Tuesday, May 01, 2007

I can’t help but encourage you

What is ‘normal’ for me? Whatever it is that is normal for me becomes the entirety of the world I live in. I tend to screen out other things – they are ‘out there’ or ‘over there’; they are less real than my normal world. My sense of ‘normal’ defines the horizons within which live.

With my interest in the School of St Jude, I find that my horizons of ‘normal’ are expanding. Suddenly a new horizon appears over the edge of the old horizon. I can now name all the countries in Africa; I have learnt to place each one on the map. I know the issues and I know some of the stories. I have become an activist.

I can’t help but encourage you to visit The Guardian newspaper site that is presenting news about the upcoming G8 meeting in Germany in June. They have all the regular news stories about the event, including a piece about the 7.5km security fence that will be built around the resort town where the meeting will be held. This touched my interest because of debate here in Sydney about the silliness that is likely to occur in Sydney later in the year when the APEC meeting is held in the city centre. With current security concerns, it seems very stupid to hold these high profile meetings in major cities. At least in Germany, they are closing off a regional town rather than a major city centre!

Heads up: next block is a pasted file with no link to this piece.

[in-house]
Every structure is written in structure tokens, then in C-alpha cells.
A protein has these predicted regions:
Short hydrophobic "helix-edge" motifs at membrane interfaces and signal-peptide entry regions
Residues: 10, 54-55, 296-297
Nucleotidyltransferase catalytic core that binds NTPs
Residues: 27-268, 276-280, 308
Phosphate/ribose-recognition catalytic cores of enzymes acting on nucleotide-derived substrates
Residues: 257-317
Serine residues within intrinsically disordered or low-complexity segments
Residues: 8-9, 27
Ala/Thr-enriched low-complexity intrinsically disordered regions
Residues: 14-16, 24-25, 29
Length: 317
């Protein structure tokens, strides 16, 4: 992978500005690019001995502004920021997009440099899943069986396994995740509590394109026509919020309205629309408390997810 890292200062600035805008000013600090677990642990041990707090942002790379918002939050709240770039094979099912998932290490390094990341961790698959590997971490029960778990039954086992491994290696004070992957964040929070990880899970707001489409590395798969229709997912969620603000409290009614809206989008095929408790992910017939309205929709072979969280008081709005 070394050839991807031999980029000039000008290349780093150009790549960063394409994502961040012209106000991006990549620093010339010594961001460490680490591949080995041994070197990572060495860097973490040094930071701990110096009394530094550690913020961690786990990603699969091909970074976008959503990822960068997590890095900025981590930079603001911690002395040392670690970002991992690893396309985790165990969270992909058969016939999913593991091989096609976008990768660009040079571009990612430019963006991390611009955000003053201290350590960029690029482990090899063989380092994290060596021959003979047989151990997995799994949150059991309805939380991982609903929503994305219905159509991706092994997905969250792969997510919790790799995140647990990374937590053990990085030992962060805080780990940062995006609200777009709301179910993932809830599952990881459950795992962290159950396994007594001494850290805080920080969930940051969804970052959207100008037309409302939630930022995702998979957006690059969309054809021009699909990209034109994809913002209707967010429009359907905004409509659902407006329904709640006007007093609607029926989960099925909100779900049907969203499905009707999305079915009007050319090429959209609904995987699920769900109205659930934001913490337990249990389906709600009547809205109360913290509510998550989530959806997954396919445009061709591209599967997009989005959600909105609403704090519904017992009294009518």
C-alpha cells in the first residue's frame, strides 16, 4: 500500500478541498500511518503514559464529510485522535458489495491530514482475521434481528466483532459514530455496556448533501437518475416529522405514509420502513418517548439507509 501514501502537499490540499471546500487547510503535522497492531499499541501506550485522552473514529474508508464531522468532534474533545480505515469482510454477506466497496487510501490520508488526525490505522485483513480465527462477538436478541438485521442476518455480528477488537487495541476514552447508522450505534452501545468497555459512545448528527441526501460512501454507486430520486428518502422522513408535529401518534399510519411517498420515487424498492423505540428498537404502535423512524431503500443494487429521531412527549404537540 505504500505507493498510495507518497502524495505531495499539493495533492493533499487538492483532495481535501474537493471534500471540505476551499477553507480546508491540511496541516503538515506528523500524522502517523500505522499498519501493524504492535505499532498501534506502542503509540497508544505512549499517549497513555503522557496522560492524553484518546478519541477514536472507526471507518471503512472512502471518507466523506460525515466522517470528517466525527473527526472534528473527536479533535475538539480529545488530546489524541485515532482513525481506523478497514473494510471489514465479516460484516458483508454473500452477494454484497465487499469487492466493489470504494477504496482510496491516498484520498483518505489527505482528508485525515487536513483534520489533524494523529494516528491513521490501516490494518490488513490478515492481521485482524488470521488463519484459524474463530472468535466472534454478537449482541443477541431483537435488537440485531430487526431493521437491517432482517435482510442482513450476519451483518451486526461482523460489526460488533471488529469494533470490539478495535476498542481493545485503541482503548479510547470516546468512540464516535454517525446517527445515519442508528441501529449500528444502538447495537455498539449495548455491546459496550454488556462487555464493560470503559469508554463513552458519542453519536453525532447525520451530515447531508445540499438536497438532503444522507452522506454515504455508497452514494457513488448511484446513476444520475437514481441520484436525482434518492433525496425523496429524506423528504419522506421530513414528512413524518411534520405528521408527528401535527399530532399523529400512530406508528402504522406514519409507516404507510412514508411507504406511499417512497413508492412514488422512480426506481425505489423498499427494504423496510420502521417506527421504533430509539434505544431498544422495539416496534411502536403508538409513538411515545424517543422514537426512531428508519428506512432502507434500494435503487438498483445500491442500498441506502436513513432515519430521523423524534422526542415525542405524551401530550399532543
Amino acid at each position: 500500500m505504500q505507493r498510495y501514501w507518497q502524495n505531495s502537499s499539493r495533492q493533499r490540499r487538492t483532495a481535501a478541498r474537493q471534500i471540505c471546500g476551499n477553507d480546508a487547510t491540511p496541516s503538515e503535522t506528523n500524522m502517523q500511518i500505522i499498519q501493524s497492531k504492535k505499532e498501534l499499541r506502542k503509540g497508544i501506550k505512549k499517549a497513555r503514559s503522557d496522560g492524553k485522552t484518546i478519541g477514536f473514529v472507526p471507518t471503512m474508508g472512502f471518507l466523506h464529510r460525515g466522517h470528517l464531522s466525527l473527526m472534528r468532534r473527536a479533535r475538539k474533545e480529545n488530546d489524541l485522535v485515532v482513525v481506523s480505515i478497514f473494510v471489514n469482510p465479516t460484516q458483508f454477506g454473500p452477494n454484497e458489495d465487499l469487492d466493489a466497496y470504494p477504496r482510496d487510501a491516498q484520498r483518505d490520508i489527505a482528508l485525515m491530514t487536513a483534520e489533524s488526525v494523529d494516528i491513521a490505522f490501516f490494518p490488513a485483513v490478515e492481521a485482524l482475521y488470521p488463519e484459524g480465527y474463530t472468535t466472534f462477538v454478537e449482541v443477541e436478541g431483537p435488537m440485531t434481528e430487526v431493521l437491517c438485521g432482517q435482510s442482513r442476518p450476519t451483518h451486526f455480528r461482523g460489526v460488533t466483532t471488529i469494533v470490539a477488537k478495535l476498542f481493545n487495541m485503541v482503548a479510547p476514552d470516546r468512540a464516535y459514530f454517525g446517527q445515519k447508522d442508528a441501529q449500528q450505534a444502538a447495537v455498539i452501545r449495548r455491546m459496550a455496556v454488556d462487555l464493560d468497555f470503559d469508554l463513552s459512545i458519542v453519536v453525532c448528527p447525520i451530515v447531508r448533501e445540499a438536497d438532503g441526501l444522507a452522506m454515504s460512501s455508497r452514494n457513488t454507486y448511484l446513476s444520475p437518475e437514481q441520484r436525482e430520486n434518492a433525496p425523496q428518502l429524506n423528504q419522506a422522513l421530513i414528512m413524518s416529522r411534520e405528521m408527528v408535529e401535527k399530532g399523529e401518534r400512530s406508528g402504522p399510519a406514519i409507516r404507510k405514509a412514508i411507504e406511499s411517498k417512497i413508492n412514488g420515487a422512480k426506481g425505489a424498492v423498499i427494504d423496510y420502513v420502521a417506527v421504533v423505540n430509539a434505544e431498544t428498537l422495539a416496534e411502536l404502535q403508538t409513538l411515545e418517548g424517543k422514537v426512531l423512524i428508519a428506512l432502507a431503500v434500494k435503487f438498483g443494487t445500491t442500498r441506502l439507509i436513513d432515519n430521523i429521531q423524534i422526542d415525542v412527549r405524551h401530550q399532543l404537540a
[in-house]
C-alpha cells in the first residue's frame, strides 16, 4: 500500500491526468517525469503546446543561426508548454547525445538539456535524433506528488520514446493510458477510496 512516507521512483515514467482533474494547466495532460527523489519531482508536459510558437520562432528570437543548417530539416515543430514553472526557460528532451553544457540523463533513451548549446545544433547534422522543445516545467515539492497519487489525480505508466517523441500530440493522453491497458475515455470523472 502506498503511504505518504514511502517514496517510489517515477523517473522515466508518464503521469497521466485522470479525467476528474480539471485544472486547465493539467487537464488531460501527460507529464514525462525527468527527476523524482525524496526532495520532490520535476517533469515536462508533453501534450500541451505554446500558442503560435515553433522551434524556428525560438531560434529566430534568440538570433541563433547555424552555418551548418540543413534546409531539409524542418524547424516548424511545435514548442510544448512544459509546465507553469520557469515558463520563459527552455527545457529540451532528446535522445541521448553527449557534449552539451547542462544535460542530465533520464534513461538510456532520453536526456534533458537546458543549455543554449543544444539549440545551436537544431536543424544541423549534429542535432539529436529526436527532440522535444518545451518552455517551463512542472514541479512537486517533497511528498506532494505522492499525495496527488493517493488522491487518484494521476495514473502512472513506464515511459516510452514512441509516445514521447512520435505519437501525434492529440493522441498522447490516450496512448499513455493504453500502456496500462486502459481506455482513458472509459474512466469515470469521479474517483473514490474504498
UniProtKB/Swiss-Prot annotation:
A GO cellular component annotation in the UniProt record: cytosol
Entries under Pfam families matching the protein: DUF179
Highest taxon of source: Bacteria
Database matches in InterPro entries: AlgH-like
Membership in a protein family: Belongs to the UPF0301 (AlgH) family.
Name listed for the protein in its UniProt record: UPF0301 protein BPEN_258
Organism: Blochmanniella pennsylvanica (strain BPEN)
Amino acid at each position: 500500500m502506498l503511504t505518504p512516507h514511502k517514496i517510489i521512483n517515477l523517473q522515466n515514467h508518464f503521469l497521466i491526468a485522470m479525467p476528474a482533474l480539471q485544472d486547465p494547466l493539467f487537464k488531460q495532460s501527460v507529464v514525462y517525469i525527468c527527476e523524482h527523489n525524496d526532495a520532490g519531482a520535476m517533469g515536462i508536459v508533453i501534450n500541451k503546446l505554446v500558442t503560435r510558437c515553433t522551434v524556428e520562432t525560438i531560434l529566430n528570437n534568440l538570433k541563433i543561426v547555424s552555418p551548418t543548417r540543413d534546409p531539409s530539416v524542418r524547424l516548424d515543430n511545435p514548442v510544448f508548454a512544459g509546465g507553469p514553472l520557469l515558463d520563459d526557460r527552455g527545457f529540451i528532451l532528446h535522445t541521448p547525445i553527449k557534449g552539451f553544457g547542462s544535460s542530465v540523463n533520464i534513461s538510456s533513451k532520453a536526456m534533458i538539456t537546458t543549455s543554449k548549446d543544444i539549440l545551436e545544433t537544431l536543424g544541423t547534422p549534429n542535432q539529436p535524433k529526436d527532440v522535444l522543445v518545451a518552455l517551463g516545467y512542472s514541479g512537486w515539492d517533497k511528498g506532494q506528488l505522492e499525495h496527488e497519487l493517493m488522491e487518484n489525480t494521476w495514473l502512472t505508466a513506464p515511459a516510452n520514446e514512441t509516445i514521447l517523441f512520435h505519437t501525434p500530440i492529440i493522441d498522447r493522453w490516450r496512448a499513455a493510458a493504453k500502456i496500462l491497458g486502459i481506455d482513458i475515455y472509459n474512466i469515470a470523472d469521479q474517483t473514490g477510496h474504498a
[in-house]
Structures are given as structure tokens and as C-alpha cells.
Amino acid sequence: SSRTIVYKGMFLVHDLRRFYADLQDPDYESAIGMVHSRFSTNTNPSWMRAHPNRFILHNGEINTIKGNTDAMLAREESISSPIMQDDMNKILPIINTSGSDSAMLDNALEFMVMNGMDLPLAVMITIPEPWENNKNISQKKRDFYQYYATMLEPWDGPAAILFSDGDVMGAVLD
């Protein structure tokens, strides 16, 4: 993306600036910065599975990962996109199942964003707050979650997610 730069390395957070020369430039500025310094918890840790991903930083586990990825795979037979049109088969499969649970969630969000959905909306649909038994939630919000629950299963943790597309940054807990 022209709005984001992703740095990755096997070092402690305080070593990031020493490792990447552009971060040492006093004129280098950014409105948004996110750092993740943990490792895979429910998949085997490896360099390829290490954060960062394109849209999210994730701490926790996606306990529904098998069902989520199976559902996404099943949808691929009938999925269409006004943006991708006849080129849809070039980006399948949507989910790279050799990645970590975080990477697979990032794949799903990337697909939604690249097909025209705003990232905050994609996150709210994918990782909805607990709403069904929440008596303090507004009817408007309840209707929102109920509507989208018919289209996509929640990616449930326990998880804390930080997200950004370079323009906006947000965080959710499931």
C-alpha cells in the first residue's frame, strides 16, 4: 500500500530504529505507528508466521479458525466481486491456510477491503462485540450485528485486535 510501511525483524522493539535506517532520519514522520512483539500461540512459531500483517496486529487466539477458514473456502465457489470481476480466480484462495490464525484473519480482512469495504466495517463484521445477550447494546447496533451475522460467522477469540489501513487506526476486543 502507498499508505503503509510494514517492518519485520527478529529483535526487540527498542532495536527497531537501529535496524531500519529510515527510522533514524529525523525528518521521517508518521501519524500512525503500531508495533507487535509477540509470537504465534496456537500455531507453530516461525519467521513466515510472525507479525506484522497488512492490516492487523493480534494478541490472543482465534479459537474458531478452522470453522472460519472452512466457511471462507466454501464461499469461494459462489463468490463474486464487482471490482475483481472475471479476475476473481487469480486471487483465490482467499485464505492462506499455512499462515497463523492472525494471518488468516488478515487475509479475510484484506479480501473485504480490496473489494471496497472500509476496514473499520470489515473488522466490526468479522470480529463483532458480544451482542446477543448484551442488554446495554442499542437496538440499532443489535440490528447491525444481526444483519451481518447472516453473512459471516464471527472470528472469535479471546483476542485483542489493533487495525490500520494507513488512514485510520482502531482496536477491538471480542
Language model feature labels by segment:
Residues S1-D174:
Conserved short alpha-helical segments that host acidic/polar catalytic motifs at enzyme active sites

The surprising thing about the Guardian site is that they are doing more than reporting the odds and ends around running the G8 meeting – they have taken a deliberately activitist position by presenting the stories of eight African women, each one with a key message for the G8 meeting. Now this is an example of the press REALLY doing its job. They are making the news, as well as reporting the news.

Check out The Guardian site for the stories of the eight women – especially the story of the Tanzanian nurse, Sabina Nicholas, whose four daughters walk miles to get 10 buckets of water in the morning and again in the evening for their household of 14 people. This is because the water utility failed and their district no longer has running water, so they have to buy it by the bucket from trucks.

So, I can't help but encourage you to expand your horizons, redefine 'normal' and live in a whole new world.

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